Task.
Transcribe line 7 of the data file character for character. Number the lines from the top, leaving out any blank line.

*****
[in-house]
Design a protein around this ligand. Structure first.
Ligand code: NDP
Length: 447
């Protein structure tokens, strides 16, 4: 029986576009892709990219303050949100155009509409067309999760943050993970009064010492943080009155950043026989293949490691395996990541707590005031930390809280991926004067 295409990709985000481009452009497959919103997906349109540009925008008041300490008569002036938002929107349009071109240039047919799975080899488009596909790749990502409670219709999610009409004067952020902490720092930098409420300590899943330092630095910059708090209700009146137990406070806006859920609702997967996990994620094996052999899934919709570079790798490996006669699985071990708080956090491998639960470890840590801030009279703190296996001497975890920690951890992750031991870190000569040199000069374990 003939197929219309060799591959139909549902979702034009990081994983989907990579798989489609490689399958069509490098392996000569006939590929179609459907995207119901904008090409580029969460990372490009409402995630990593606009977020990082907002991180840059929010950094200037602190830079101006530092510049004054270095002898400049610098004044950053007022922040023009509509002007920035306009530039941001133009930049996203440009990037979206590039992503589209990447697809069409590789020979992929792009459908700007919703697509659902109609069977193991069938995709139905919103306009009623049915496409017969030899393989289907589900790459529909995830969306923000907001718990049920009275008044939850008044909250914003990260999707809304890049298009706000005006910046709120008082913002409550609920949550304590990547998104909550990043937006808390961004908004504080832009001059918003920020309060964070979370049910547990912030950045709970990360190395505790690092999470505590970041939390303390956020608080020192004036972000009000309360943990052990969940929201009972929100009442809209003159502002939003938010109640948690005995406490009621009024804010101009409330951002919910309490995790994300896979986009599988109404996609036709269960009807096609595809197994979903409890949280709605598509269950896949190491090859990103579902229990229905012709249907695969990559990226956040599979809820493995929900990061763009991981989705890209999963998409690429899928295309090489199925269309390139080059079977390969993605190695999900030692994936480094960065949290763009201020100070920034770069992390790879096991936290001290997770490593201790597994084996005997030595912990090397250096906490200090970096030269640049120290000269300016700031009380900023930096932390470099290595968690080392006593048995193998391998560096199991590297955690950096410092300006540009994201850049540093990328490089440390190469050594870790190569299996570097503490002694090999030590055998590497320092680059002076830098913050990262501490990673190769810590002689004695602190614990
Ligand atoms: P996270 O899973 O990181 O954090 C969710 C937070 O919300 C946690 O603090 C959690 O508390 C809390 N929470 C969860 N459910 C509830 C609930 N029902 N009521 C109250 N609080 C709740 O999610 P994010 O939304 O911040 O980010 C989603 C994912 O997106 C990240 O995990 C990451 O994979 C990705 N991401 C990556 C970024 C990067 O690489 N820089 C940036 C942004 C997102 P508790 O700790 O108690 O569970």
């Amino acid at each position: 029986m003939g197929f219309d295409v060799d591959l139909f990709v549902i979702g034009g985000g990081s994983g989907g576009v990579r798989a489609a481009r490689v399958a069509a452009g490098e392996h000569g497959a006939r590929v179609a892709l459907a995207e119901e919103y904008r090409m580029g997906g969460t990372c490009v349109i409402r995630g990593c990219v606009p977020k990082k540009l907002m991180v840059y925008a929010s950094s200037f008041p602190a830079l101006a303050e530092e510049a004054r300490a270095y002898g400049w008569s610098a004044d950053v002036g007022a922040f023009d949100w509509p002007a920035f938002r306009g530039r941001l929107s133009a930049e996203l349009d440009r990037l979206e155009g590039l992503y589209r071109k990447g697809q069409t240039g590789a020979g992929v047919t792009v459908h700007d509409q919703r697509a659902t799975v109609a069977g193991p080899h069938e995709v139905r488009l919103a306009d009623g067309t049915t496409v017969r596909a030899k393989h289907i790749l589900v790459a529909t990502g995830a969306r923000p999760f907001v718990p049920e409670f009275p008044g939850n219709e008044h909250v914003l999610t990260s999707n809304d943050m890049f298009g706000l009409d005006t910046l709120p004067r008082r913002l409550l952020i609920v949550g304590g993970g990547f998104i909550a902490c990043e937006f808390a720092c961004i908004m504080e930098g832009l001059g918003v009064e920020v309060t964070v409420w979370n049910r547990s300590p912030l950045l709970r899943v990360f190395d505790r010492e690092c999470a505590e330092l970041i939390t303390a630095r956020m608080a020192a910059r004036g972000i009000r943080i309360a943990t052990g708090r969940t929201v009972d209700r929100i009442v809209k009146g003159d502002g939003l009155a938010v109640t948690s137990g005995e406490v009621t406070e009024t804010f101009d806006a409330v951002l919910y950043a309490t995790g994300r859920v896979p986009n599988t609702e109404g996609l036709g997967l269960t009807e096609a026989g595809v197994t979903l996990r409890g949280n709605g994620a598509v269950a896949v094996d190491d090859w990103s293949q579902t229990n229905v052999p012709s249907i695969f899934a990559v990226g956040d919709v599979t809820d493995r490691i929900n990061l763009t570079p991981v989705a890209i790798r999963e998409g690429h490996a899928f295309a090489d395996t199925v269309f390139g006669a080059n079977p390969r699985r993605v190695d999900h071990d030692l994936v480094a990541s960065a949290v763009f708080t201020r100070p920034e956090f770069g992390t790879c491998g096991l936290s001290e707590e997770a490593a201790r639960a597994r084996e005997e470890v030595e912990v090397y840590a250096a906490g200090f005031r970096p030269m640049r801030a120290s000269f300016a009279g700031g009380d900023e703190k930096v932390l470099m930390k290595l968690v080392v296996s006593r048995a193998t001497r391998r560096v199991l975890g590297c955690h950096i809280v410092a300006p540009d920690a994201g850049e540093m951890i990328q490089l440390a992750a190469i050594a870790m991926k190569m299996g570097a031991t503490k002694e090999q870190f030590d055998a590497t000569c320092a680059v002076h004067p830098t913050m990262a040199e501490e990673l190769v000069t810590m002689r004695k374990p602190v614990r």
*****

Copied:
């Amino acid at each position: 029986m003939g197929f219309d295409v060799d591959l139909f990709v549902i979702g034009g985000g990081s994983g989907g576009v990579r798989a489609a481009r490689v399958a069509a452009g490098e392996h000569g497959a006939r590929v179609a892709l459907a995207e119901e919103y904008r090409m580029g997906g969460t990372c490009v349109i409402r995630g990593c990219v606009p977020k990082k540009l907002m991180v840059y925008a929010s950094s200037f008041p602190a830079l101006a303050e530092e510049a004054r300490a270095y002898g400049w008569s610098a004044d950053v002036g007022a922040f023009d949100w509509p002007a920035f938002r306009g530039r941001l929107s133009a930049e996203l349009d440009r990037l979206e155009g590039l992503y589209r071109k990447g697809q069409t240039g590789a020979g992929v047919t792009v459908h700007d509409q919703r697509a659902t799975v109609a069977g193991p080899h069938e995709v139905r488009l919103a306009d009623g067309t049915t496409v017969r596909a030899k393989h289907i790749l589900v790459a529909t990502g995830a969306r923000p999760f907001v718990p049920e409670f009275p008044g939850n219709e008044h909250v914003l999610t990260s999707n809304d943050m890049f298009g706000l009409d005006t910046l709120p004067r008082r913002l409550l952020i609920v949550g304590g993970g990547f998104i909550a902490c990043e937006f808390a720092c961004i908004m504080e930098g832009l001059g918003v009064e920020v309060t964070v409420w979370n049910r547990s300590p912030l950045l709970r899943v990360f190395d505790r010492e690092c999470a505590e330092l970041i939390t303390a630095r956020m608080a020192a910059r004036g972000i009000r943080i309360a943990t052990g708090r969940t929201v009972d209700r929100i009442v809209k009146g003159d502002g939003l009155a938010v109640t948690s137990g005995e406490v009621t406070e009024t804010f101009d806006a409330v951002l919910y950043a309490t995790g994300r859920v896979p986009n599988t609702e109404g996609l036709g997967l269960t009807e096609a026989g595809v197994t979903l996990r409890g949280n709605g994620a598509v269950a896949v094996d190491d090859w990103s293949q579902t229990n229905v052999p012709s249907i695969f899934a990559v990226g956040d919709v599979t809820d493995r490691i929900n990061l763009t570079p991981v989705a890209i790798r999963e998409g690429h490996a899928f295309a090489d395996t199925v269309f390139g006669a080059n079977p390969r699985r993605v190695d999900h071990d030692l994936v480094a990541s960065a949290v763009f708080t201020r100070p920034e956090f770069g992390t790879c491998g096991l936290s001290e707590e997770a490593a201790r639960a597994r084996e005997e470890v030595e912990v090397y840590a250096a906490g200090f005031r970096p030269m640049r801030a120290s000269f300016a009279g700031g009380d900023e703190k930096v932390l470099m930390k290595l968690v080392v296996s006593r048995a193998t001497r391998r560096v199991l975890g590297c955690h950096i809280v410092a300006p540009d920690a994201g850049e540093m951890i990328q490089l440390a992750a190469i050594a870790m991926k190569m299996g570097a031991t503490k002694e090999q870190f030590d055998a590497t000569c320092a680059v002076h004067p830098t913050m990262a040199e501490e990673l190769v000069t810590m002689r004695k374990p602190v614990r």